|Hill record:||42.1 m (138 ft) (Art Daggett )|
|Year of construction:||1919|
|Ski club:||Hoofers Club|
In 1919 the University of Wisconsin at Madison Athletic Director Tom Jones helped a group of students construct a wooden ski jumping hill atop “Muir Knoll”. The jump’s outrun lead onto Lake Mendota, but included a very steep drop which caused many jumpers to fall. The sport gradually gained popularity among students, but the jump's deteriorating condition necessitated its removal in 1931. The wooden planks from the first jump somehow made their way to a homecoming bonfire in 1930.
The newly-formed Hoofers Club promptly launched a campaign to replace the old jump with a permanent steel structure. Students volunteered their labor to regrade and improve the hill. The Memorial Union Board and the Class of 1932 between them contributed $1,000; and the Hoofers raised the balance through various money-raising projects and solicitations. The result was a professional ski jump 17 meters high and 33 meters long that was dedicated before 4,000 spectators in an impressive ceremony on February 11, 1933, followed by a competition between 50 of the best ski jumpers in the middle west.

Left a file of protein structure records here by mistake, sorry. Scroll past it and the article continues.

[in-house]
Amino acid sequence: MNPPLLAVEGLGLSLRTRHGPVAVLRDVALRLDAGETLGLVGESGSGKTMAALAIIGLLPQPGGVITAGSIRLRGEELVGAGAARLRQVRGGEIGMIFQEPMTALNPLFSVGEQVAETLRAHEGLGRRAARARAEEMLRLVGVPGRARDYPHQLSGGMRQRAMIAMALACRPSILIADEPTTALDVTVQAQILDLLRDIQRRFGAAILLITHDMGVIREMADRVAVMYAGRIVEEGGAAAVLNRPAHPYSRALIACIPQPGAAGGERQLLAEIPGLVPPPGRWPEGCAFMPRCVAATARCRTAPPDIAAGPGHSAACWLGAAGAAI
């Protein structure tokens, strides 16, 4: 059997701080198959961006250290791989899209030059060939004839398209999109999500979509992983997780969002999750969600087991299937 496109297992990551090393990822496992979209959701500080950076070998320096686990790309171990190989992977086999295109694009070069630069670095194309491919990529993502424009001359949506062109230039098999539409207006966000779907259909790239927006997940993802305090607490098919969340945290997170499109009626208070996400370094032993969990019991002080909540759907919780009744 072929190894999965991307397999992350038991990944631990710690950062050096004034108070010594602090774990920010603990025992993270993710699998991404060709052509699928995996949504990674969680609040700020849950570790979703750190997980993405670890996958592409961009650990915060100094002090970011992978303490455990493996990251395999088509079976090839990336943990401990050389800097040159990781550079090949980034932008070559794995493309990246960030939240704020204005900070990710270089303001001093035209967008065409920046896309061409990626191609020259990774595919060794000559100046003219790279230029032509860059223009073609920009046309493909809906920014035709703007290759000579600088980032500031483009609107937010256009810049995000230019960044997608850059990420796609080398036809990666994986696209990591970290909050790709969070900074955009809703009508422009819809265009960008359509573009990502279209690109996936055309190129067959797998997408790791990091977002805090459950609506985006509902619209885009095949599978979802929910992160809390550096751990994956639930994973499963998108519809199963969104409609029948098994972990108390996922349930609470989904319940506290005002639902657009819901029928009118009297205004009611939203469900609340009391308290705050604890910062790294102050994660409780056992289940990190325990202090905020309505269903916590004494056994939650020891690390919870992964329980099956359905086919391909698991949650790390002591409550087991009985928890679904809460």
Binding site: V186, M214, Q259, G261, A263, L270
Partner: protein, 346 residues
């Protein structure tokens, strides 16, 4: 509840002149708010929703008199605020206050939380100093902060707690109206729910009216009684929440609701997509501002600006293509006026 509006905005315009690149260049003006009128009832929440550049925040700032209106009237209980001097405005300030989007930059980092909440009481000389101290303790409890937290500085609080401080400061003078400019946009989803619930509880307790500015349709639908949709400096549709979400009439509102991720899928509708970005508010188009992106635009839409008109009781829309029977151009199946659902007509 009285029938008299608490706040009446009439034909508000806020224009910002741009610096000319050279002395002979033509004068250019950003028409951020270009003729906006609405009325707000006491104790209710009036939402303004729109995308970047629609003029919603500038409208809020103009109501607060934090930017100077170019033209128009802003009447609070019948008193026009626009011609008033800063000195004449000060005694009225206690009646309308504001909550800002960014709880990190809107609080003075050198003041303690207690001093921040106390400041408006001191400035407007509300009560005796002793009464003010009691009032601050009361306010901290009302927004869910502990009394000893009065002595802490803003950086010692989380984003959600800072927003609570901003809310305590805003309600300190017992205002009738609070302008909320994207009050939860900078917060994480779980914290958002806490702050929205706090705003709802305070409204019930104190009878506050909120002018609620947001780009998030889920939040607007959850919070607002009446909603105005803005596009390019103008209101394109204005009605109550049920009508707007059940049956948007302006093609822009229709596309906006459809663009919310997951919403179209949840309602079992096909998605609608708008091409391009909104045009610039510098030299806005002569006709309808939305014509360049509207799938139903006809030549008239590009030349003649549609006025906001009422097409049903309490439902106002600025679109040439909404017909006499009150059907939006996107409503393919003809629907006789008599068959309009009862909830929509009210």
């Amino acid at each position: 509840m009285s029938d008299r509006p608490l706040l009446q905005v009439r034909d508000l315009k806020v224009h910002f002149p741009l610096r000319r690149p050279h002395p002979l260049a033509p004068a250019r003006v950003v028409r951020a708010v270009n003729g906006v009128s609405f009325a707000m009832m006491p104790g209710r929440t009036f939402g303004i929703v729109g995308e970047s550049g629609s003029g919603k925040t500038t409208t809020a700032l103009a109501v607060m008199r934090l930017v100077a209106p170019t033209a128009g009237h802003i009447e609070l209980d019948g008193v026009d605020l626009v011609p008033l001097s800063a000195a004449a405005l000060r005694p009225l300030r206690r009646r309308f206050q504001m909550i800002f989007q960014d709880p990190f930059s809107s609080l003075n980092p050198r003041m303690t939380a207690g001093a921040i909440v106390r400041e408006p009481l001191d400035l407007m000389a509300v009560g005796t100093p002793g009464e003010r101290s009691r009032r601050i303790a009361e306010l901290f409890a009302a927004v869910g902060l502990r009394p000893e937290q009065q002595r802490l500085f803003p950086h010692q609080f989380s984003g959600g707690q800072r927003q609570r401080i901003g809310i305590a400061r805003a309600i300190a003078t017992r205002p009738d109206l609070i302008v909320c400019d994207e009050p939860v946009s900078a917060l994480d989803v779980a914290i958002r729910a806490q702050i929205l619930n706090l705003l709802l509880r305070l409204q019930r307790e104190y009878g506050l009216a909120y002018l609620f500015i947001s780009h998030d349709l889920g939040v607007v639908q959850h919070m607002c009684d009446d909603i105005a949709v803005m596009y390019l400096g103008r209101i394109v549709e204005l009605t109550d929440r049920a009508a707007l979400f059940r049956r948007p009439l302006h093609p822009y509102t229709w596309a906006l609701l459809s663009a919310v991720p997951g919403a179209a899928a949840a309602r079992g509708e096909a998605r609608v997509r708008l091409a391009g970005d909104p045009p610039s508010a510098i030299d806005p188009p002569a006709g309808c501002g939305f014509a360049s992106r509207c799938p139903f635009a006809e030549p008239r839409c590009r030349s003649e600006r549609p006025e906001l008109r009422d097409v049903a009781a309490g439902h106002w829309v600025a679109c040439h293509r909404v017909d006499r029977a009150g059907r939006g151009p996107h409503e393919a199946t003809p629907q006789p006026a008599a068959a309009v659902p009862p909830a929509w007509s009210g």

The Muir Knoll ski jump thereafter became an iconic symbol of the campus, much used by student jumpers and for hosting regional ski meets in the winter and, importantly, as a popular lake-viewing and nocturnal trysting spot throughout the year.
In World War II soldier used the hill for maneuver and in 1957 it was finally destructed, but the inrun tower re-used in nearby Hoyt Park.